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Adenoviral vector vaccine data both promising and perplexing

Preliminary results from AstraZeneca and Oxford’s Phase 3 trial of their COVID-19 vaccine suggest a smaller dose is better than a full dose

by Ryan Cross
November 24, 2020 | A version of this story appeared in Volume 98, Issue 46

An illustration of an adenoviral vector.
Credit: AstraZeneca
An illustration of the adenoviral vector used in AstraZeneca's vaccine

AstraZeneca and the University of Oxford offered a promising but confusing early look at late-stage data for their experimental adenoviral vector vaccine for COVID-19. The preliminary results suggest the vaccine is only 62% effective when volunteers are given two full doses, but up to 90% efficacious when volunteers received a half dose followed by a full-dose booster.

AstraZeneca’s results are based on an analysis of more than 23,000 people who received either two shots of the experimental COVID-19 vaccine, called AZD1222, or two control shots—either a meningococcal conjugate vaccine or a saline placebo. AZD1222 was only 62% effective at preventing COVID-19 in a group of 8,900 people who got two full doses of the vaccine at least one month apart. Curiously, the vaccine was 90% effective in a group of 2,700 people who first got a half dose of the vaccine followed by a full dose at least one month later. Combining that data, the overall efficacy of the vaccine is on average about 70%. Those results, which were announced via press release, have not been published or peer reviewed.

An image of vials being processed during manufacture of AstraZeneca's vaccine.
Credit: AstraZeneca
AstraZeneca says it might produce up to 3 billion doses of its vaccine in 2021.

“A 90% efficacy is impressive, a 62% efficacy is not—although clearly it is better than not having a vaccine at all,” says Hildegund Ertl, a vaccine scientist at the Wistar Institute who is collaborating with the University of Oxford on a rabies vaccine, but was not involved with their COVID-19 vaccine. “We didn’t even know about this virus a year ago and now we are talking about efficacious vaccines, it is unbelievable.”

An independent Data Safety Monitoring Board reviewed the data after 131 people tested positive for COVID-19 two weeks or more after receiving their second shot.

But the information shared by AstraZeneca fell short on several key points. The company did not specify how many of the people who tested positive for COVID-19 were in the placebo group or the number that developed severe disease. It also did not breakdown its results by age or race.

And the firm provided cursory comments about safety, saying only that there were no serious safety events related to the vaccine—despite a hold put on the study in September in the UK and US after a woman developed a rare spinal cord inflammation called transverse myelitis. The company said the condition was not related to the vaccine.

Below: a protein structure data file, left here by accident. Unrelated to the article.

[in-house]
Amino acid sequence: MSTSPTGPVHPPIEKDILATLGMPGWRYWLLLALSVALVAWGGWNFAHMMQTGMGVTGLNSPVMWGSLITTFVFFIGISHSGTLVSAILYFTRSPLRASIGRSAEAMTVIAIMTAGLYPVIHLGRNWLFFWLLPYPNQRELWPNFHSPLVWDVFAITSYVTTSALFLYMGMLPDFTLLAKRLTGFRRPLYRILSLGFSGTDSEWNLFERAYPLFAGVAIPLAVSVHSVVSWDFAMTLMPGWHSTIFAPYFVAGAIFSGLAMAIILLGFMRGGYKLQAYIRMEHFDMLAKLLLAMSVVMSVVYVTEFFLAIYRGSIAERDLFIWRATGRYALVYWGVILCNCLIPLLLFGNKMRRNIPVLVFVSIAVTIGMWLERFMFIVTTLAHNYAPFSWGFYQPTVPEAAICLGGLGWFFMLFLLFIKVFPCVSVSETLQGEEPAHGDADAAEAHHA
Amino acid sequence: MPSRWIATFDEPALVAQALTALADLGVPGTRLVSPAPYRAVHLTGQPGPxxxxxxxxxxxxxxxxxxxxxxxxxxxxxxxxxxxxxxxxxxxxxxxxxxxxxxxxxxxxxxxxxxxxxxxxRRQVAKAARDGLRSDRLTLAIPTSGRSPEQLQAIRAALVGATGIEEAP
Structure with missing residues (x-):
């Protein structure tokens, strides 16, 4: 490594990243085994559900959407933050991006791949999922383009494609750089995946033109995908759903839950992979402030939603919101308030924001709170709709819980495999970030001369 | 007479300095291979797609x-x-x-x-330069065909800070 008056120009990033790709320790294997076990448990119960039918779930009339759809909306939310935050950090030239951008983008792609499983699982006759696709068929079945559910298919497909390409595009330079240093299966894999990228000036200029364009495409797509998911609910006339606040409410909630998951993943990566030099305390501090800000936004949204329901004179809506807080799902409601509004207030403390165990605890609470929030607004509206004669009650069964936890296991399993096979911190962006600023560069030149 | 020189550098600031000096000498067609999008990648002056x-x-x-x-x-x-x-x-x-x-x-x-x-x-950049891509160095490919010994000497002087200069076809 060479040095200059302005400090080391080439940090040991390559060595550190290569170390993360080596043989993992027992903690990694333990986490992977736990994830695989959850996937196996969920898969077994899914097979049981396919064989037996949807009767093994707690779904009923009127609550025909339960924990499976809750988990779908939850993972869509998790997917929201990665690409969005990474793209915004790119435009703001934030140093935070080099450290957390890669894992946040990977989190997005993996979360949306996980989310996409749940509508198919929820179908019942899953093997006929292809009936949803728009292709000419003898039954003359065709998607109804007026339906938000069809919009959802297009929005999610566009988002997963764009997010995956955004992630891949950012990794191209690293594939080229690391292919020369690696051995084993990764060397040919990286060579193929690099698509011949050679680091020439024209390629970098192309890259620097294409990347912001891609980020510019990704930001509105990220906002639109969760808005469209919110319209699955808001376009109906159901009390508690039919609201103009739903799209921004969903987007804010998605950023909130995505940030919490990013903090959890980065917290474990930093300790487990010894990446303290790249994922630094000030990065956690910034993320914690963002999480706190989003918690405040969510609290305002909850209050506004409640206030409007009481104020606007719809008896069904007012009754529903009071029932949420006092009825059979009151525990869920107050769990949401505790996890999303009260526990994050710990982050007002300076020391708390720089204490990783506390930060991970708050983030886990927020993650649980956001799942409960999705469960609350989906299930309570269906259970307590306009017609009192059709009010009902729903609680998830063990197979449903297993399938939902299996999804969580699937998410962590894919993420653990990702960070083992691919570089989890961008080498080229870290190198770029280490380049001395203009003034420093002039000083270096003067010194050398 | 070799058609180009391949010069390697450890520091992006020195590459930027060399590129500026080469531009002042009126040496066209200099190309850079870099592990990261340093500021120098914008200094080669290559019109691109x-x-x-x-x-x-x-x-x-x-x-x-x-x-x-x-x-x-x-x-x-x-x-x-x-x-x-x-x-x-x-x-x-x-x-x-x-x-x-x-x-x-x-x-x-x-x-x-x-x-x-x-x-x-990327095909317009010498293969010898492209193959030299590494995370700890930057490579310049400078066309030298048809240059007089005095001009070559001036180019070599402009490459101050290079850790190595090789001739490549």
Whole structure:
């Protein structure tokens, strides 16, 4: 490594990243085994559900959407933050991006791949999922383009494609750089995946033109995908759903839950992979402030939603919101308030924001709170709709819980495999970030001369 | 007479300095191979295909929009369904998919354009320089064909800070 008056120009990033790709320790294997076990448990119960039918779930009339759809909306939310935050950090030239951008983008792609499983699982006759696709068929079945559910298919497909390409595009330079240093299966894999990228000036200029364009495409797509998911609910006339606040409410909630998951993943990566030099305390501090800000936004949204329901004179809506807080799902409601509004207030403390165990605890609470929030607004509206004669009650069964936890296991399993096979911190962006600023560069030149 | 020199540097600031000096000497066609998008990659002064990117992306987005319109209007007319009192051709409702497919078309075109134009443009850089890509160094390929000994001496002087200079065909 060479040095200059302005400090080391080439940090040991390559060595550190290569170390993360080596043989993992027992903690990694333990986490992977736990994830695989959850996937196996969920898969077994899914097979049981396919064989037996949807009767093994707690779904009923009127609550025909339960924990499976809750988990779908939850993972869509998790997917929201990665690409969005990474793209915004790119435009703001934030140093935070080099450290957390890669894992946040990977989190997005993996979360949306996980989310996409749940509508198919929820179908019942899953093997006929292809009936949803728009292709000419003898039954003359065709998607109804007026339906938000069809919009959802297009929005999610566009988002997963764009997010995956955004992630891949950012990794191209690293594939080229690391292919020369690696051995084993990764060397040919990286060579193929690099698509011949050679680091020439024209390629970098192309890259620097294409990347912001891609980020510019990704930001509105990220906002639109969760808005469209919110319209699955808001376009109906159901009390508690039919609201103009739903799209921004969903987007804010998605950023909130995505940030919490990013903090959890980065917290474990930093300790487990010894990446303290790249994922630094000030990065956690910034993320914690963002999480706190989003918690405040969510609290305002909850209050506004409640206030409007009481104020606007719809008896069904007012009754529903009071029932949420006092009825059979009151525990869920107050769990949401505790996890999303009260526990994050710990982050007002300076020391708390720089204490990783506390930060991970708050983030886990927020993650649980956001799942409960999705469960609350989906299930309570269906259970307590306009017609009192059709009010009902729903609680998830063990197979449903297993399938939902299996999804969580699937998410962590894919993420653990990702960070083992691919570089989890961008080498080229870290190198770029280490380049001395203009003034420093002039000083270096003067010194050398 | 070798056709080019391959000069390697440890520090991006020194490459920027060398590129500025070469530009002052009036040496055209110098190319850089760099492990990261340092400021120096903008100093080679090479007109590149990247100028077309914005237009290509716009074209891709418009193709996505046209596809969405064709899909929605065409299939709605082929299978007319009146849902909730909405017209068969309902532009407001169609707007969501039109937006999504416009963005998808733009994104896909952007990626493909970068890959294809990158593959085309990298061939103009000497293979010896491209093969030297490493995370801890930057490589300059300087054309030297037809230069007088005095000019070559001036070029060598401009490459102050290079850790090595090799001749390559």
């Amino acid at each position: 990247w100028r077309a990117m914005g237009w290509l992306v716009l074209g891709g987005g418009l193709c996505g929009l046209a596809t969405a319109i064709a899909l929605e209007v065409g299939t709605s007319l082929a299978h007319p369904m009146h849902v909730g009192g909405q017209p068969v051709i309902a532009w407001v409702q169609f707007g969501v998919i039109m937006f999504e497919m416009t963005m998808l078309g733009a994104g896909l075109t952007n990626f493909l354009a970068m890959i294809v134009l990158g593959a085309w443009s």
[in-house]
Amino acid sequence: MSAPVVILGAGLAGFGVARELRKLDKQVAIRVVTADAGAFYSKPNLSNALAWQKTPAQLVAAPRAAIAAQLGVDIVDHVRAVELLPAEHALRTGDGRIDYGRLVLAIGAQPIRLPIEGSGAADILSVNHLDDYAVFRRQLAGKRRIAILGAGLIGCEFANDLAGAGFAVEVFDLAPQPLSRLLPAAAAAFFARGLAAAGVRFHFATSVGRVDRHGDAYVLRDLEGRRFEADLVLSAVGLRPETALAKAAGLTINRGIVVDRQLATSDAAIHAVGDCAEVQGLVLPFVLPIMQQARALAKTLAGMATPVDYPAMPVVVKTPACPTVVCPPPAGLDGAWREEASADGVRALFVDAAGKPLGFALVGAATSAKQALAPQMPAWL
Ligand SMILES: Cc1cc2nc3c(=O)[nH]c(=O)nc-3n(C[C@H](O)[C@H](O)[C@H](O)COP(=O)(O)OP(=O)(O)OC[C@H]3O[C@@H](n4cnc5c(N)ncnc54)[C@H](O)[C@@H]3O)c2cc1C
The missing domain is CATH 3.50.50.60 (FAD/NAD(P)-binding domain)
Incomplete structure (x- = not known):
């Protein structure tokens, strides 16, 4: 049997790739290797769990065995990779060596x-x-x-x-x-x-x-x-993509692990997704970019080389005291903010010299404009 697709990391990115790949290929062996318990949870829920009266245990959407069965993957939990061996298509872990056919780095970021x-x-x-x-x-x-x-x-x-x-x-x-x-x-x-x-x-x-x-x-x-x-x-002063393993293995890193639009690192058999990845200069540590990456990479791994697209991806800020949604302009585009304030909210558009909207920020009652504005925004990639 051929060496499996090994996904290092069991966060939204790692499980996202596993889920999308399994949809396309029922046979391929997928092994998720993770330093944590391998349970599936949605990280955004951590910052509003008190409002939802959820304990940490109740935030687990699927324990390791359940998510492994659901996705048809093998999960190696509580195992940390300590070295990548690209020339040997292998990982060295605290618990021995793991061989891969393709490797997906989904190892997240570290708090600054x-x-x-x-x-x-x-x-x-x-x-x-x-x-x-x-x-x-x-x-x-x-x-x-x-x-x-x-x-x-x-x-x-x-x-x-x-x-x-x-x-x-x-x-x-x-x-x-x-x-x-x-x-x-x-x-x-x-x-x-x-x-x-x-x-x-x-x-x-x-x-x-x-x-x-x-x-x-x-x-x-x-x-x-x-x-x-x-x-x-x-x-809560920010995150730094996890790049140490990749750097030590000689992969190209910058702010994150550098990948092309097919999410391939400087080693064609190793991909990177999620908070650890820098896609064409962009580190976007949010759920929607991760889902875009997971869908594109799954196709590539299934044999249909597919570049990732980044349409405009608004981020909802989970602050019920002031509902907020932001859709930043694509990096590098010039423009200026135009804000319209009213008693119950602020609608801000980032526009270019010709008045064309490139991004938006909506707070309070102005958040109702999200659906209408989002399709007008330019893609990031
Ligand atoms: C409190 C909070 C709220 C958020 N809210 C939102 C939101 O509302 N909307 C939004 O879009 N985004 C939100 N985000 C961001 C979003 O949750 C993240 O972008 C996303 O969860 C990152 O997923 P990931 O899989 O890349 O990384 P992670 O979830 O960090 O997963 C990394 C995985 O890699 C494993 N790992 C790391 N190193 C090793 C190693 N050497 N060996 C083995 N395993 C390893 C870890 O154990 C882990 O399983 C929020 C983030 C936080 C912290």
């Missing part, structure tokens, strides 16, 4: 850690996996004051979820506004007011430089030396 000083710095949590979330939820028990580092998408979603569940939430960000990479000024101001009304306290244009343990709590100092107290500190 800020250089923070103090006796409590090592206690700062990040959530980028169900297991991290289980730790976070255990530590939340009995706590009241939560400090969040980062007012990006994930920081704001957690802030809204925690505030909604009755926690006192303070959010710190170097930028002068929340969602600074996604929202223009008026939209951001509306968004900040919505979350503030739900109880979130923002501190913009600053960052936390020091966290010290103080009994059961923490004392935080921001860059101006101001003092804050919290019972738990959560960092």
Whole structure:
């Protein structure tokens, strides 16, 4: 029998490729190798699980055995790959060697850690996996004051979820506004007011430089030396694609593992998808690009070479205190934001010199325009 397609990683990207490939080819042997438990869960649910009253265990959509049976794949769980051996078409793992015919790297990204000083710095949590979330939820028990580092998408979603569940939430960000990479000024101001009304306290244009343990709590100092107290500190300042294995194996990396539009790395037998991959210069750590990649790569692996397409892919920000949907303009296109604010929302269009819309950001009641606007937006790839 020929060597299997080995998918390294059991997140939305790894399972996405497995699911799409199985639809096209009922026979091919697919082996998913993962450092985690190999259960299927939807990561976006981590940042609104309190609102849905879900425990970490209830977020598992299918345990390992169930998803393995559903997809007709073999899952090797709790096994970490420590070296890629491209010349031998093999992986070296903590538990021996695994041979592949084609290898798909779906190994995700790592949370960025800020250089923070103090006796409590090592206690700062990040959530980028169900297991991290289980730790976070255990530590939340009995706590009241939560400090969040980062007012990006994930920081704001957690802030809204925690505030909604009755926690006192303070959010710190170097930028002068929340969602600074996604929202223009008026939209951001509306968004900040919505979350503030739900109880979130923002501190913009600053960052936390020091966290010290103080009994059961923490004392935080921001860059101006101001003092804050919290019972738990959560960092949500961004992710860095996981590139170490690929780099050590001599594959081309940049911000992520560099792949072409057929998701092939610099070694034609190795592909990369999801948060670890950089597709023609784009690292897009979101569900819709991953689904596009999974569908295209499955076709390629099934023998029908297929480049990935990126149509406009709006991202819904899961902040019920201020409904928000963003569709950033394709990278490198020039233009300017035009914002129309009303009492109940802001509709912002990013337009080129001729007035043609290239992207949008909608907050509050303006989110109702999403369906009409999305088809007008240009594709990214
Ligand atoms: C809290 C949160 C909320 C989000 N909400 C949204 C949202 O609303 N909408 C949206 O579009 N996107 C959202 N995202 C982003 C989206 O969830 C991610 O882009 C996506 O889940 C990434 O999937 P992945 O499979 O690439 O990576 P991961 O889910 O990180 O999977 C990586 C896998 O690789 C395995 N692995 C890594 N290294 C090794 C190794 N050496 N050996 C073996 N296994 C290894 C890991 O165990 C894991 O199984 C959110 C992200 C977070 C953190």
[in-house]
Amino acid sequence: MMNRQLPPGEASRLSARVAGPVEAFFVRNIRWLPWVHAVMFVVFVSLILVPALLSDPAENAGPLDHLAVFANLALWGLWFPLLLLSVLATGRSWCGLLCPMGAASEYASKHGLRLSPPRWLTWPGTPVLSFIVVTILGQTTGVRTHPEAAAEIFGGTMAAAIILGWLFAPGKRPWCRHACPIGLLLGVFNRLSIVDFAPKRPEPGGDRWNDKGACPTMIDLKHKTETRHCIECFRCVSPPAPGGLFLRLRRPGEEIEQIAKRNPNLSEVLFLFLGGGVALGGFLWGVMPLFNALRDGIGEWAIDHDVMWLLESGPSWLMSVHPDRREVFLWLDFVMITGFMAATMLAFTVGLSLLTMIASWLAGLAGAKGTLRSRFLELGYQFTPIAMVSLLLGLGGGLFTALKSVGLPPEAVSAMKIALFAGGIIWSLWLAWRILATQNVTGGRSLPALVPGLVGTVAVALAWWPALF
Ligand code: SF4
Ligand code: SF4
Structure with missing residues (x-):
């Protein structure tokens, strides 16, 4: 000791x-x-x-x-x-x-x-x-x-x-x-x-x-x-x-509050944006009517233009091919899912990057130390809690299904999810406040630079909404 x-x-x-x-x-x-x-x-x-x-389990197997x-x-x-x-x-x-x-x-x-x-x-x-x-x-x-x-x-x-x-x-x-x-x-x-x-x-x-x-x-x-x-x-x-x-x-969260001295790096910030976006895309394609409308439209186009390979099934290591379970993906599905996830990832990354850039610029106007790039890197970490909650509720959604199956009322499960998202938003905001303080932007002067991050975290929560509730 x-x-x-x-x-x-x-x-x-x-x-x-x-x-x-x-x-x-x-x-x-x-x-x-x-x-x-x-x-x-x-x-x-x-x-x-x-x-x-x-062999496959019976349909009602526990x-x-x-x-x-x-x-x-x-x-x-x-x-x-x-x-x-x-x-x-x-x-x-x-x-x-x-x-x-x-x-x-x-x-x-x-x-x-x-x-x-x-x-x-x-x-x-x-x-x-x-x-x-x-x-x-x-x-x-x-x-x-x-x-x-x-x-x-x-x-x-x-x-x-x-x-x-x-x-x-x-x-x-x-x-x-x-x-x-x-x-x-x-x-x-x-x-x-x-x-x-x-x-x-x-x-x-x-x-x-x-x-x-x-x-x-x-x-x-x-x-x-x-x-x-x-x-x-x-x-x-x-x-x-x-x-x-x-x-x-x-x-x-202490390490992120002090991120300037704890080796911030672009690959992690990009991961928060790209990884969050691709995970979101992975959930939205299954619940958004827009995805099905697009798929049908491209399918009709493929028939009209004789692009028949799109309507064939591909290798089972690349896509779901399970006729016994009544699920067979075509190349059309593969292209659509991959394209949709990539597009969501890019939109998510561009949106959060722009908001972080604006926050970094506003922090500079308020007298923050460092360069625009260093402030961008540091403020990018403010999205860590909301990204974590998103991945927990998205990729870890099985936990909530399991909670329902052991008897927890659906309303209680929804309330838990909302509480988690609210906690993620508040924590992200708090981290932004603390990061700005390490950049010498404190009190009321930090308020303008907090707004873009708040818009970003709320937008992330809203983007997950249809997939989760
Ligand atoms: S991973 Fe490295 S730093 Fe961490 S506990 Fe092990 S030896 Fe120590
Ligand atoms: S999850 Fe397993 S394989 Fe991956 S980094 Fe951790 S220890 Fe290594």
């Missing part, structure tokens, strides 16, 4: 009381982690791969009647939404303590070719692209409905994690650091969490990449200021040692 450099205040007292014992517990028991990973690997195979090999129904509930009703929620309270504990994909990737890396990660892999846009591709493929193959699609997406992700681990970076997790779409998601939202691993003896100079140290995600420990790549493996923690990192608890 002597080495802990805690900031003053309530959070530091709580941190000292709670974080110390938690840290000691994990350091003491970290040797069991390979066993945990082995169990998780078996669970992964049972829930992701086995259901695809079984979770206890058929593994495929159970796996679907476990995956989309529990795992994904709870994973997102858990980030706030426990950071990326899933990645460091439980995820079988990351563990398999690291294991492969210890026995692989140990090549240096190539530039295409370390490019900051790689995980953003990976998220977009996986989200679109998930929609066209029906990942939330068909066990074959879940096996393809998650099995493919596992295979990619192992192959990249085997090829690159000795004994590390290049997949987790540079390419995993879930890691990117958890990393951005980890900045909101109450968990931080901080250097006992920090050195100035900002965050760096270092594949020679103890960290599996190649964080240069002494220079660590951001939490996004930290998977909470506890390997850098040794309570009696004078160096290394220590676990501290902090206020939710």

In a brisk letter to investors, SVB Leerink stock analyst Geoffrey Porges and colleagues criticized “the data disclosure as premature and insufficient.” Porges is concerned that AstraZeneca is trying to “embellish” its data by focusing on the 90% efficacy in the smaller group that received the low first dose of the vaccine, while glossing over potential safety concerns. “We believe that this product will never be licensed in the US.”

AZD1222 was originally supposed to be a single shot, but early studies showed the approach induced weak antibody levels. AstraZeneca and Oxford then modified the trials to include a booster shot. According to Reuters, a fraction of participants subsequently were accidentally given a half dose for the first shot.

That a lower initial dose seems more effective than two high doses has perplexed scientists. Immunologists and vaccine experts have come up with several theories to explain the phenomenon.

In a conference call with journalists, Andrew Pollard, director of the Oxford Vaccine Group, which designed AZD1222, speculated that the low dose could be “priming the immune system” to set it up for a better response with the second dose. Oxford professor of vaccinology Sarah Gilbert added that the regimen might better mimic what happens in a real infection. The group says more research will be needed to understand this unexpected result.

Another explanation could come from how the human immune system responds to the adenoviral vectors—the genetically engineered cold viruses used to package and deliver DNA, in this case, DNA that encodes for the SARS-CoV-2 spike protein. The immune system will also make antibodies targeting an adenoviral vector, likely lowering its effectiveness the next time a vaccine is administered, explains Suresh Mittal, a pathobiologist who develops adenoviral vector vaccines at Purdue University. Starting with a low dose of the vector makes it easier for the second, higher dose to overcome antibody immunity against the vector itself, while still boosting immunity to the spike protein, he says.